Due to the heavily debated preference between users of HDR software and On Camera Grad Filters, a third very useful option is often overlooked. Whatever your current preference, the blending option described below is easy to use, effective and can produce images that portray a very accurate rendition of the actual scene. This method was used (in Photoshop) to create the image featured above; “Sunset Curtain Call at Seljalandsfoss.”

The Scenario: Attempting to capture this scene from behind the waterfall, was extremely difficult, due to the heavy spray shooting straight back to where I had my tripod set up. All I could do was take several different exposures, quickly replacing the lens cap in-between each shot. I was honestly amazed to find that there was not one drop of water on my lens after completing the shoot.

Blending the Images: Choosing not to use my preferred method of an On Camera Grad Filter, I discovered that I was left with captured images that were either well overexposed or underexposed. The following workflow was used to make the final image of the falls.

1. First, open both the overexposed and underexposed images in Photoshop. Viewing the images side by side you will see that one image is lighter, displaying a well exposed foreground; however the highlights in the sky are too bright. The second image retains good detail in the sky; however the foreground is too dark.

2. The next step is to place one image directly on top of the other. To do this, click on one of the images. For this example, I selected the darker image. In Photoshop, go to Select>All then Edit>Copy. Then click on the lighter image to make it active, and go to Edit>Paste. You will notice that the two images now appear in the Layers Palette. The images should be perfectly aligned which can be verified by setting the top layer to about 50%, so the lower image is visible.

3. Once you are satisfied with image alignment, look at the tools palette to confirm that the front layer box is black, and the back layer box is white. If not, simply click on each box to set the color.

4. Now you will add a Layer Mask to the top layer. To do this, click on the top layer to highlight it, and then click the New Layer Mask Icon found at the bottom of the Layers Palette. The highlighted top layer will now have a white Layer Mask next to the image icon in the Layers Palette.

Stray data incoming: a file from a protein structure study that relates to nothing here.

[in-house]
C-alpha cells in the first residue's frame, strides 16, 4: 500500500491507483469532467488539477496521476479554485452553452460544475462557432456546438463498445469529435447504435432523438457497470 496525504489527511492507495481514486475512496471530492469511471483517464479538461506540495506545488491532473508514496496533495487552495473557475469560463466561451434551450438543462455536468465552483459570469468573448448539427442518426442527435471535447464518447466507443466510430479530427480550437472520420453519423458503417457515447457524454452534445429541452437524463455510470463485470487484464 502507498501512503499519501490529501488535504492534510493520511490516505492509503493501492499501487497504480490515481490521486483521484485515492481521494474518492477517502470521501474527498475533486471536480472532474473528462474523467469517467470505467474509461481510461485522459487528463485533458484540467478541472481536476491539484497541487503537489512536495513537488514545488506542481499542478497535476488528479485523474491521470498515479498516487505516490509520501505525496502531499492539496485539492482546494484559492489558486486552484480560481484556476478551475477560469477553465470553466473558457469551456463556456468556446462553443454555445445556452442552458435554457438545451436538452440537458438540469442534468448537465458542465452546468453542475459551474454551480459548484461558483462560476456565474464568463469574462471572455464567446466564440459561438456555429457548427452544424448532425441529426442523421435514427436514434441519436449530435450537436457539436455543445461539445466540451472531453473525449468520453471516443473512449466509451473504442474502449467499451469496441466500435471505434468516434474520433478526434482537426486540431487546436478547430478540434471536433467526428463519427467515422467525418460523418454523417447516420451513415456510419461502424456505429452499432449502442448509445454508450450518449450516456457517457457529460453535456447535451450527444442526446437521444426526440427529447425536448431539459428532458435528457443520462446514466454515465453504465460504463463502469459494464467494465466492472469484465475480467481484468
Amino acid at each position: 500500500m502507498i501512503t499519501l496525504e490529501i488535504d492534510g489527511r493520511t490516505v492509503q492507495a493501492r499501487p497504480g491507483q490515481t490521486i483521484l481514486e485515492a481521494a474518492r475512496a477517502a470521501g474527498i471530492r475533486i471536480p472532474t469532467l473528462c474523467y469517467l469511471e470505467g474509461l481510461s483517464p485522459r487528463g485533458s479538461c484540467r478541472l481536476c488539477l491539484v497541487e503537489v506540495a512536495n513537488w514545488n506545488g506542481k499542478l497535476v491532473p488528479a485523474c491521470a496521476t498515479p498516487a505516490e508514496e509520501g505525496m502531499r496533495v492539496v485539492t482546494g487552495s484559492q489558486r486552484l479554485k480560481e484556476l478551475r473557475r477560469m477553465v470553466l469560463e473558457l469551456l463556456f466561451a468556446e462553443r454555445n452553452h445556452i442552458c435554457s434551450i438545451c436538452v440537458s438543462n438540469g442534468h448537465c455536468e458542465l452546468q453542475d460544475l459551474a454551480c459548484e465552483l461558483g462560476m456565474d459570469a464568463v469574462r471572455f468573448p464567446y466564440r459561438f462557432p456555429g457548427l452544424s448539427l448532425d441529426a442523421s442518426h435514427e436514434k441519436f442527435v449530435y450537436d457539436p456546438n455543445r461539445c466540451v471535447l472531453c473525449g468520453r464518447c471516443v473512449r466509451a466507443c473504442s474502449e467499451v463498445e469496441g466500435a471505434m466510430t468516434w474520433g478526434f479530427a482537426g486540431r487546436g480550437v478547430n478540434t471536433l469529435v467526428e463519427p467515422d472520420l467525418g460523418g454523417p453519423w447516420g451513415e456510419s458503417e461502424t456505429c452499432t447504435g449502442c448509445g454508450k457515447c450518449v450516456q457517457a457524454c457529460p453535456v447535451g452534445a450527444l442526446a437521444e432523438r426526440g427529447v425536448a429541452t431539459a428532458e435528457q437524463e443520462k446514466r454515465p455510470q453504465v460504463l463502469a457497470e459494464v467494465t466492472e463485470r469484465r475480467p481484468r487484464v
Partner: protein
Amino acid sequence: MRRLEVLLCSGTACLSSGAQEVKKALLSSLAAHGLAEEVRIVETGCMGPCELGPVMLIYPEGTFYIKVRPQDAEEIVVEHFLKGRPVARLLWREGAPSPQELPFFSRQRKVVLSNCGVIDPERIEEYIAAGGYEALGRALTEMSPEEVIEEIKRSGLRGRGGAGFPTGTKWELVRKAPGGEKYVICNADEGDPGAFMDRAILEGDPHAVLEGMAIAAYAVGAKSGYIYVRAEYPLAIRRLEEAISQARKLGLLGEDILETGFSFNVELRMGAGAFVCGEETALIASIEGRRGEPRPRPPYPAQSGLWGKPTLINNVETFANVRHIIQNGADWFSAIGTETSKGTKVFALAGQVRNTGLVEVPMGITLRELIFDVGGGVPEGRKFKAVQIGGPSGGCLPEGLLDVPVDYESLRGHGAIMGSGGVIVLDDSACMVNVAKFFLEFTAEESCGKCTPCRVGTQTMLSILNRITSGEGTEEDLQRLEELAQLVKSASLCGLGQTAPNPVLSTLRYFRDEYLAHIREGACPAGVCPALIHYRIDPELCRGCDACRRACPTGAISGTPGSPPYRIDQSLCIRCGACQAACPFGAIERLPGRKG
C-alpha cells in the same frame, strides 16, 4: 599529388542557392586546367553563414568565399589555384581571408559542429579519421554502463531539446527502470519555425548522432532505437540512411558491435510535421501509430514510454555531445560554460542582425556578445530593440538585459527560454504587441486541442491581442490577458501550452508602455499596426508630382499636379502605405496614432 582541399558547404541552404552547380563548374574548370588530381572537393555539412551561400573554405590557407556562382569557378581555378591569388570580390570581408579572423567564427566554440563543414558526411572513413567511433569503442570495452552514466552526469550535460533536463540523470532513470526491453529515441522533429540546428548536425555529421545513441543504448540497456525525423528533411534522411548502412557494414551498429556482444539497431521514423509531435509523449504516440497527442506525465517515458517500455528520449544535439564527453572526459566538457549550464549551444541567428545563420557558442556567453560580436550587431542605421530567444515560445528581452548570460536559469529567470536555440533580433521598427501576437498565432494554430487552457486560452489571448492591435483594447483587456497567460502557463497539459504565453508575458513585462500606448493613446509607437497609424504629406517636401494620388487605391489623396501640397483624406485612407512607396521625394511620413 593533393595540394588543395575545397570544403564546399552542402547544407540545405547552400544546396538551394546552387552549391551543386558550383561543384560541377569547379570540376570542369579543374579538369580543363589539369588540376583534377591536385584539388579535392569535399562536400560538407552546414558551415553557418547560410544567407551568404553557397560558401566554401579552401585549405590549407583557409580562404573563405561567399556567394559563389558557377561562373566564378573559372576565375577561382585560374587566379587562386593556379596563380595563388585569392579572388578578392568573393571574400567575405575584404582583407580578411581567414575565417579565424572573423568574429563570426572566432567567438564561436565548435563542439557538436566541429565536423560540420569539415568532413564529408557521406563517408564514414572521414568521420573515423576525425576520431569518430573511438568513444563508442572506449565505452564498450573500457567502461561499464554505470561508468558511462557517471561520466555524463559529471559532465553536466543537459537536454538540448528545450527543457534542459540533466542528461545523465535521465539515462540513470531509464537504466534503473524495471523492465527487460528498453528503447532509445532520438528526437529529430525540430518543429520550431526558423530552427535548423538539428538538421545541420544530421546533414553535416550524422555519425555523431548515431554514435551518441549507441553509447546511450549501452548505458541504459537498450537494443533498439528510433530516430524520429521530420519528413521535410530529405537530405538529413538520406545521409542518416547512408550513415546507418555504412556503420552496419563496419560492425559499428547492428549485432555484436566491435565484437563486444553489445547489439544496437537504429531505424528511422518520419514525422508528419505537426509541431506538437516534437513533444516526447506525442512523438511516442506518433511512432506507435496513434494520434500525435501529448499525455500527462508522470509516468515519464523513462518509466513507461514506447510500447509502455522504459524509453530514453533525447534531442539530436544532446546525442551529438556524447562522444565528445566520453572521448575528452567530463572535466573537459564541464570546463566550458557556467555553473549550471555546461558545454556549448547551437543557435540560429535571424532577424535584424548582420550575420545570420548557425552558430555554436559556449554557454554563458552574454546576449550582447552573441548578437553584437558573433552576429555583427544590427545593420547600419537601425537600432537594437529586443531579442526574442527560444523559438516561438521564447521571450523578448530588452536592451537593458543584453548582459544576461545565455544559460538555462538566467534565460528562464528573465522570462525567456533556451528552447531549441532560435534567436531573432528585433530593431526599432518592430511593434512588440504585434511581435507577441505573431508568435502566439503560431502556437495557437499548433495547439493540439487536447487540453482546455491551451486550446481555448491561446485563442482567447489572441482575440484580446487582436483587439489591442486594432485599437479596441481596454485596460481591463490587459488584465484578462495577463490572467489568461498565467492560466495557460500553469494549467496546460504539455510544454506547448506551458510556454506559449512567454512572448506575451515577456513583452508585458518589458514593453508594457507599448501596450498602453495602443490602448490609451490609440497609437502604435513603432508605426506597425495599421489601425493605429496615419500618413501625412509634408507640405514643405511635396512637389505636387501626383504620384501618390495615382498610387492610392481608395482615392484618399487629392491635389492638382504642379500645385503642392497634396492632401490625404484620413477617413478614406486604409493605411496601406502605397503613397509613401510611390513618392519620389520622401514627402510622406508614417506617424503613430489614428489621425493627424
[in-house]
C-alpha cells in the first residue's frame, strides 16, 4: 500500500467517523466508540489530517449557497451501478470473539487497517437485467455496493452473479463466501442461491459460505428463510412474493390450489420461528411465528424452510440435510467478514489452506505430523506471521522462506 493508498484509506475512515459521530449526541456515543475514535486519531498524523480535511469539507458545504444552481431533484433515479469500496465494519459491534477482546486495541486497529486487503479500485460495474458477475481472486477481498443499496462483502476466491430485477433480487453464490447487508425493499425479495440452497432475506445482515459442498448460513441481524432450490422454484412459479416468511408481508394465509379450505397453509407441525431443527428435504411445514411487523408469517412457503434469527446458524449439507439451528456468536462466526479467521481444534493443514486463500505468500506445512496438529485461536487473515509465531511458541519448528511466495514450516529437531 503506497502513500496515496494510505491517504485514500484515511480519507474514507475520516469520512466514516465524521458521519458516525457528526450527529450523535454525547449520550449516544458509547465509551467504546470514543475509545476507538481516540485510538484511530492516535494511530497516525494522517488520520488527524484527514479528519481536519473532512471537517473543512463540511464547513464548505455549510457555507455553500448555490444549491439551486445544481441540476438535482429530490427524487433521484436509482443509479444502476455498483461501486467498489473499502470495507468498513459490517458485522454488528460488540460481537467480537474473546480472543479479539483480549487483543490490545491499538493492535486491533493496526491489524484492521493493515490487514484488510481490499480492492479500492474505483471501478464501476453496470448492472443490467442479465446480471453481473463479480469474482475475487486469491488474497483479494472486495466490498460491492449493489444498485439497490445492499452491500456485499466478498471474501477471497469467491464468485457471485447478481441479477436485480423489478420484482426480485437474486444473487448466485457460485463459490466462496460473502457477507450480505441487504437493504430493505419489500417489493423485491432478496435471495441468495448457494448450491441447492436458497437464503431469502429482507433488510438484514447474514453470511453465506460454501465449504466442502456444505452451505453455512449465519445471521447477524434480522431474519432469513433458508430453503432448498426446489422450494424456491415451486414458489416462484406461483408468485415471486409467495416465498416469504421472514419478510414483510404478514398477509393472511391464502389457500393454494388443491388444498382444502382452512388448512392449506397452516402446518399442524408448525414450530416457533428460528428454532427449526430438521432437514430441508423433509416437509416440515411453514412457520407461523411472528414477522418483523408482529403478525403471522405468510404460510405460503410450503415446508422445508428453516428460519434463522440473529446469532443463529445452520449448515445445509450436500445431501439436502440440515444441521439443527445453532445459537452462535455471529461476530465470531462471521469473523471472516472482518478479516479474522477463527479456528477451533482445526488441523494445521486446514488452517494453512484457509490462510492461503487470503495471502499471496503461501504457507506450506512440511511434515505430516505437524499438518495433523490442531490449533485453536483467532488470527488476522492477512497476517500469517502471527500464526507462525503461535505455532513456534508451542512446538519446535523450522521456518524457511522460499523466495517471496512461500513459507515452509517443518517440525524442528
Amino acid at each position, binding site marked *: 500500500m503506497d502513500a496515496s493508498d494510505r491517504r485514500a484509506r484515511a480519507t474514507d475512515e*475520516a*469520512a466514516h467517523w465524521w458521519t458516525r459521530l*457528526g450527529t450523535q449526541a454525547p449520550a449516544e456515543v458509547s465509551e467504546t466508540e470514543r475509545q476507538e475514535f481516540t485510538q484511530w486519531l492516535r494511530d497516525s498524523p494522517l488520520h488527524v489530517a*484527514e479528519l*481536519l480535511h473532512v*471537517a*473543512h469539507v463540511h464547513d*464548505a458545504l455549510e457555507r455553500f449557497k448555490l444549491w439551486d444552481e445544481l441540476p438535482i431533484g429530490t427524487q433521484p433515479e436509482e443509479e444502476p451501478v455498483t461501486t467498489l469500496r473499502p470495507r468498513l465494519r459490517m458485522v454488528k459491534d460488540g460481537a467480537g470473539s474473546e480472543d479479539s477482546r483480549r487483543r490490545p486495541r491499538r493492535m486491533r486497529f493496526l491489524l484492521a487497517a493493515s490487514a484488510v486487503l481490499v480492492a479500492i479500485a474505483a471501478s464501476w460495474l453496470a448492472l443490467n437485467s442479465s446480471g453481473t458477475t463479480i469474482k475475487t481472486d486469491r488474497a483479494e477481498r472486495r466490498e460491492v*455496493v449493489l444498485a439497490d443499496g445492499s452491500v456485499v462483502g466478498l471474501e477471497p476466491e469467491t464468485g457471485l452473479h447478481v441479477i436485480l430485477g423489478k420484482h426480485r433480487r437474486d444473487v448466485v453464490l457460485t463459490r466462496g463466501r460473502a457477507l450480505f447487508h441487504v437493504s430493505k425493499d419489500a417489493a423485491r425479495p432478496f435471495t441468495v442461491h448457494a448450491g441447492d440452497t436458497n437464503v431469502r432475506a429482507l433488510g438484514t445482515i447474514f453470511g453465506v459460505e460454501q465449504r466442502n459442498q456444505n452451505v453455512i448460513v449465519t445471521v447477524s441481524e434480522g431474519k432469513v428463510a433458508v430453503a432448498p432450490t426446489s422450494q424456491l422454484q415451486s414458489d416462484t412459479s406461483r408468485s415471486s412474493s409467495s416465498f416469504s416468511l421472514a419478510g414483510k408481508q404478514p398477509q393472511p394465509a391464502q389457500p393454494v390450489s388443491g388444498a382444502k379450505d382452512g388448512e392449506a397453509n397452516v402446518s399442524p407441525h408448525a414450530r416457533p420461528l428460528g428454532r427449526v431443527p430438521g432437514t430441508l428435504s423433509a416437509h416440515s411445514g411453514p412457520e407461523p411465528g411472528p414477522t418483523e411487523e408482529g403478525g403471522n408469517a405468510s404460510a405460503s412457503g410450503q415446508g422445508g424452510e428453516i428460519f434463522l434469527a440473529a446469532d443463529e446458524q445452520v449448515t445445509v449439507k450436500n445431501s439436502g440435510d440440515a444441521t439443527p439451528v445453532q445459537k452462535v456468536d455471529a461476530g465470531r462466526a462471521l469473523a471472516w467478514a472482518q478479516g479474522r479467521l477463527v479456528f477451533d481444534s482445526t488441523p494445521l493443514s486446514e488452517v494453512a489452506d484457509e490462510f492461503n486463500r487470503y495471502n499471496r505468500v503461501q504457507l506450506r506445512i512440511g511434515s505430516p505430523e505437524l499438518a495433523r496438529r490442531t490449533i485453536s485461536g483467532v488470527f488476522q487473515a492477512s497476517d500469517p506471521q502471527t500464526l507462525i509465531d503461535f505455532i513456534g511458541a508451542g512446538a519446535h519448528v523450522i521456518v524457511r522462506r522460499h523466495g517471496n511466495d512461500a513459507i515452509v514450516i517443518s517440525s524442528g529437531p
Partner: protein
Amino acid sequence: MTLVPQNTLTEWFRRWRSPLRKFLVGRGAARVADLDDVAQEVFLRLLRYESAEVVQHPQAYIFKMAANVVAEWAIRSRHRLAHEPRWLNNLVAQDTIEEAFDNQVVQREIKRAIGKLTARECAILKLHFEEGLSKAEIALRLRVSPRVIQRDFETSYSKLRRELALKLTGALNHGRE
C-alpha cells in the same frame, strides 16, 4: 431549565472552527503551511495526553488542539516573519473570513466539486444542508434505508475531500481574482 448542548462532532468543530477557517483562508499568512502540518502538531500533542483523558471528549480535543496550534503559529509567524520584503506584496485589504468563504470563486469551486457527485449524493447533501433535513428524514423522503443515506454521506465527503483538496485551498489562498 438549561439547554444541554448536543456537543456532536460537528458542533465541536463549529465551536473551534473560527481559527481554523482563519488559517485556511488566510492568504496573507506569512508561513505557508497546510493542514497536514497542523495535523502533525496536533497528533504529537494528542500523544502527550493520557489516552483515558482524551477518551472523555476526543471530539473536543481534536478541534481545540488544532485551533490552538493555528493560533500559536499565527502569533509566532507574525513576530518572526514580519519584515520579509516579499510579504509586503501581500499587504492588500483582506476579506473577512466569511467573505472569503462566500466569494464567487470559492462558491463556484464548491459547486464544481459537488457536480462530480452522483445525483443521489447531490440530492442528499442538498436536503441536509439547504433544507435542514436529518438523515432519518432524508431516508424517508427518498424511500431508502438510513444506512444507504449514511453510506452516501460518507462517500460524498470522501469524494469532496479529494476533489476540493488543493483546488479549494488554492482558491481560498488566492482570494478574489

5. This is where you will begin to paint on the mask, using the Brush Tool. Select the Brush Tool, and set the Brush Diameter. Choose a large brush for areas with no defined lines, such as horizons to quickly paint areas of light in. Use a small Brush for areas where better control and care is needed. With black selected as the front layer box, you will be simply painting light in. By clicking X on your keyboard or the double arrow in the Tools window, you can switch between the white and black layer boxes, which can be useful if you need to remove areas of light.

Using the Paintbrush, you are literally revealing the lighter bottom layer with each Brush stroke. By setting the Brush Opacity command located in the toolbar above your image, you can modify the strength of the effect. This is a great way to experiment, giving the effect of using lighter brush strokes. Using a lower Brush Opacity is also a good way to fine tune your strokes in areas that require more accuracy.

As with any method you choose to process an image with, the technical aspect can take a back seat to an individuals artistic impression. Using the image blending mode, one can choose to produce images that are very natural, or to add individual artistic impression. One other thing about the image blending mode is unlike HDR or On Camera Filters, it is not an extra expense. This process can be completed with almost any software program that facilitates the use of layers.